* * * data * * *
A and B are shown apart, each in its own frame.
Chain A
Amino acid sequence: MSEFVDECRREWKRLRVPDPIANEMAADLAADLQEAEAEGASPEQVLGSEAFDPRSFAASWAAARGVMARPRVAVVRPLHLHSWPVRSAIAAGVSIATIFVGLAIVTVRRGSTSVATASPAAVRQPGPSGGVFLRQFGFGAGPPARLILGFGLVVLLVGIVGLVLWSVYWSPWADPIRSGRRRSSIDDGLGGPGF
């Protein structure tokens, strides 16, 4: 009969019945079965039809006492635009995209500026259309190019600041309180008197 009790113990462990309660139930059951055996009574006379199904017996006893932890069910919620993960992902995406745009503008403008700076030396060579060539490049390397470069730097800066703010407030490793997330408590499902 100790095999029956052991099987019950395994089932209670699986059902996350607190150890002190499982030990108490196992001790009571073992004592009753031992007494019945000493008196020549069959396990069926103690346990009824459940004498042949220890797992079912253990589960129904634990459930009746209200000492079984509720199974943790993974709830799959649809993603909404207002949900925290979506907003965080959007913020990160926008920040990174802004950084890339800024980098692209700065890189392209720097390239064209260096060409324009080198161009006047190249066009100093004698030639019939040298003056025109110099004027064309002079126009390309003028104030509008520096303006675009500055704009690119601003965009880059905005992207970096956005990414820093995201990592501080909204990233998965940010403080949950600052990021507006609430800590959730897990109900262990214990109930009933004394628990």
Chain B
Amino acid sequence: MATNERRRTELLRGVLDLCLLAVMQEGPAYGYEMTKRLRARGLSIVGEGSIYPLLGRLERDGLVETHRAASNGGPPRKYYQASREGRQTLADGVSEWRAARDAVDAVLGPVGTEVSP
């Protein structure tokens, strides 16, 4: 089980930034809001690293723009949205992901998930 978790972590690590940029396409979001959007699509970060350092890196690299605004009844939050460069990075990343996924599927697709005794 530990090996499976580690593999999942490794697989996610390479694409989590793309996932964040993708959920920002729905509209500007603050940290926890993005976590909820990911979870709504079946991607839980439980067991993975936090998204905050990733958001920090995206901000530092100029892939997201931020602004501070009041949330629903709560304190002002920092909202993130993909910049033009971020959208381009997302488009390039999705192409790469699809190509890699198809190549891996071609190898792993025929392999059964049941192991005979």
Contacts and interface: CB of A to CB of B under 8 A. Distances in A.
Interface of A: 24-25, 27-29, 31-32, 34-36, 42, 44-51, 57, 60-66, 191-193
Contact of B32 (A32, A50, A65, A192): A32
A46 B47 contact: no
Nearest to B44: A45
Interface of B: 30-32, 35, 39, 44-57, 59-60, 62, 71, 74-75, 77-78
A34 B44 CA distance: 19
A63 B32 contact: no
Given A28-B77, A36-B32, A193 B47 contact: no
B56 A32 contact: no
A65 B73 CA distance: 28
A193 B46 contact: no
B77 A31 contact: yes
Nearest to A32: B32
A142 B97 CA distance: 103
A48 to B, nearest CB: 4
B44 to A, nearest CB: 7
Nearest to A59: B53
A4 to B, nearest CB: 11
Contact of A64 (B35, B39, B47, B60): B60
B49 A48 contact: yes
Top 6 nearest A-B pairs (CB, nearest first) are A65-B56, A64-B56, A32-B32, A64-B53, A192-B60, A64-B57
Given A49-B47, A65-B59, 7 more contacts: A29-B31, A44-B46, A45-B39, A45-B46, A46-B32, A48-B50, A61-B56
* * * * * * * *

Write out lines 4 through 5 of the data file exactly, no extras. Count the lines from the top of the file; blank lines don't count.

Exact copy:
């Protein structure tokens, strides 16, 4: 009969019945079965039809006492635009995209500026259309190019600041309180008197 009790113990462990309660139930059951055996009574006379199904017996006893932890069910919620993960992902995406745009503008403008700076030396060579060539490049390397470069730097800066703010407030490793997330408590499902 100790095999029956052991099987019950395994089932209670699986059902996350607190150890002190499982030990108490196992001790009571073992004592009753031992007494019945000493008196020549069959396990069926103690346990009824459940004498042949220890797992079912253990589960129904634990459930009746209200000492079984509720199974943790993974709830799959649809993603909404207002949900925290979506907003965080959007913020990160926008920040990174802004950084890339800024980098692209700065890189392209720097390239064209260096060409324009080198161009006047190249066009100093004698030639019939040298003056025109110099004027064309002079126009390309003028104030509008520096303006675009500055704009690119601003965009880059905005992207970096956005990414820093995201990592501080909204990233998965940010403080949950600052990021507006609430800590959730897990109900262990214990109930009933004394628990």
Chain B